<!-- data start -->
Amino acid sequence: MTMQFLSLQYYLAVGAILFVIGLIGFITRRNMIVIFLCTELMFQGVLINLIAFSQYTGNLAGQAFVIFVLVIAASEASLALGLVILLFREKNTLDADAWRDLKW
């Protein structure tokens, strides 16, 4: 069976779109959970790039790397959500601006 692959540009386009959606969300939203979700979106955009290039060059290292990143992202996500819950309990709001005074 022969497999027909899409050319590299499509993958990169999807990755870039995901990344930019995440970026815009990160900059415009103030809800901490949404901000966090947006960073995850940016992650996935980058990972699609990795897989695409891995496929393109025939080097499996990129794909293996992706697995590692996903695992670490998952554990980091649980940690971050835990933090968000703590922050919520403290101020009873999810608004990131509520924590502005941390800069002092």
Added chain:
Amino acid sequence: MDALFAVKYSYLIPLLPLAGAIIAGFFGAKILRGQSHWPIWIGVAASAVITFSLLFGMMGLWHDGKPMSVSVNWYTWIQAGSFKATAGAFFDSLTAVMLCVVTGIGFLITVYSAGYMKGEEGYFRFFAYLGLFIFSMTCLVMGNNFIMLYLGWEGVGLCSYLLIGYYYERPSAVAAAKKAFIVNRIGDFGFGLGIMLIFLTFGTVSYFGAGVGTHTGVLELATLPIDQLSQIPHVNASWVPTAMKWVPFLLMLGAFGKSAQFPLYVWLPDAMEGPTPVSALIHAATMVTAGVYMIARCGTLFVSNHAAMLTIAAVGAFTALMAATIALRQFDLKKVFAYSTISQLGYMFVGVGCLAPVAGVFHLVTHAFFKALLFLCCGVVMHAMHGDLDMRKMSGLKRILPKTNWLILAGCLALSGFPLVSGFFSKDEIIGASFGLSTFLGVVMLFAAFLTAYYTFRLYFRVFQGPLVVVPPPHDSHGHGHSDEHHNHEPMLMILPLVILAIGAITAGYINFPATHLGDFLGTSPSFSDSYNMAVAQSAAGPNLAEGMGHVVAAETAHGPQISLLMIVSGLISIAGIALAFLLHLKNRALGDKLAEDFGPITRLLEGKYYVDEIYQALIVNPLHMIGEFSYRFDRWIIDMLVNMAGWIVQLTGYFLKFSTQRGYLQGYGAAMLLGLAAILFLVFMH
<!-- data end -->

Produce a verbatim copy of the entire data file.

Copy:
Amino acid sequence: MTMQFLSLQYYLAVGAILFVIGLIGFITRRNMIVIFLCTELMFQGVLINLIAFSQYTGNLAGQAFVIFVLVIAASEASLALGLVILLFREKNTLDADAWRDLKW
């Protein structure tokens, strides 16, 4: 069976779109959970790039790397959500601006 692959540009386009959606969300939203979700979106955009290039060059290292990143992202996500819950309990709001005074 022969497999027909899409050319590299499509993958990169999807990755870039995901990344930019995440970026815009990160900059415009103030809800901490949404901000966090947006960073995850940016992650996935980058990972699609990795897989695409891995496929393109025939080097499996990129794909293996992706697995590692996903695992670490998952554990980091649980940690971050835990933090968000703590922050919520403290101020009873999810608004990131509520924590502005941390800069002092």
Added chain:
Amino acid sequence: MDALFAVKYSYLIPLLPLAGAIIAGFFGAKILRGQSHWPIWIGVAASAVITFSLLFGMMGLWHDGKPMSVSVNWYTWIQAGSFKATAGAFFDSLTAVMLCVVTGIGFLITVYSAGYMKGEEGYFRFFAYLGLFIFSMTCLVMGNNFIMLYLGWEGVGLCSYLLIGYYYERPSAVAAAKKAFIVNRIGDFGFGLGIMLIFLTFGTVSYFGAGVGTHTGVLELATLPIDQLSQIPHVNASWVPTAMKWVPFLLMLGAFGKSAQFPLYVWLPDAMEGPTPVSALIHAATMVTAGVYMIARCGTLFVSNHAAMLTIAAVGAFTALMAATIALRQFDLKKVFAYSTISQLGYMFVGVGCLAPVAGVFHLVTHAFFKALLFLCCGVVMHAMHGDLDMRKMSGLKRILPKTNWLILAGCLALSGFPLVSGFFSKDEIIGASFGLSTFLGVVMLFAAFLTAYYTFRLYFRVFQGPLVVVPPPHDSHGHGHSDEHHNHEPMLMILPLVILAIGAITAGYINFPATHLGDFLGTSPSFSDSYNMAVAQSAAGPNLAEGMGHVVAAETAHGPQISLLMIVSGLISIAGIALAFLLHLKNRALGDKLAEDFGPITRLLEGKYYVDEIYQALIVNPLHMIGEFSYRFDRWIIDMLVNMAGWIVQLTGYFLKFSTQRGYLQGYGAAMLLGLAAILFLVFMH